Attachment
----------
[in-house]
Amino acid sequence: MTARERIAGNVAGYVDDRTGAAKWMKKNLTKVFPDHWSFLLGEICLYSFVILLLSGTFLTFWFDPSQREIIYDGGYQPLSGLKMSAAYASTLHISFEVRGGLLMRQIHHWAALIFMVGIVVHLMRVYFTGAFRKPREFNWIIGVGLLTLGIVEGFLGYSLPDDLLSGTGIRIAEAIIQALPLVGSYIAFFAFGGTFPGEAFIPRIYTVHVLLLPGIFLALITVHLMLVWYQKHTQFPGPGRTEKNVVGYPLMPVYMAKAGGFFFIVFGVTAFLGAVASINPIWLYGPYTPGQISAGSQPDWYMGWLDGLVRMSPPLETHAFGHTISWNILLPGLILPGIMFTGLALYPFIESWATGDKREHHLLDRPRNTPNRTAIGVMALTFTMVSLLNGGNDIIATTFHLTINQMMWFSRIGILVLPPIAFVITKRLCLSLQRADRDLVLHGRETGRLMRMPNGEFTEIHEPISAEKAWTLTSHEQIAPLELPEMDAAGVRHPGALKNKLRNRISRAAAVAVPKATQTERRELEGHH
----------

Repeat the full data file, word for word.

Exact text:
[in-house]
Amino acid sequence: MTARERIAGNVAGYVDDRTGAAKWMKKNLTKVFPDHWSFLLGEICLYSFVILLLSGTFLTFWFDPSQREIIYDGGYQPLSGLKMSAAYASTLHISFEVRGGLLMRQIHHWAALIFMVGIVVHLMRVYFTGAFRKPREFNWIIGVGLLTLGIVEGFLGYSLPDDLLSGTGIRIAEAIIQALPLVGSYIAFFAFGGTFPGEAFIPRIYTVHVLLLPGIFLALITVHLMLVWYQKHTQFPGPGRTEKNVVGYPLMPVYMAKAGGFFFIVFGVTAFLGAVASINPIWLYGPYTPGQISAGSQPDWYMGWLDGLVRMSPPLETHAFGHTISWNILLPGLILPGIMFTGLALYPFIESWATGDKREHHLLDRPRNTPNRTAIGVMALTFTMVSLLNGGNDIIATTFHLTINQMMWFSRIGILVLPPIAFVITKRLCLSLQRADRDLVLHGRETGRLMRMPNGEFTEIHEPISAEKAWTLTSHEQIAPLELPEMDAAGVRHPGALKNKLRNRISRAAAVAVPKATQTERRELEGHH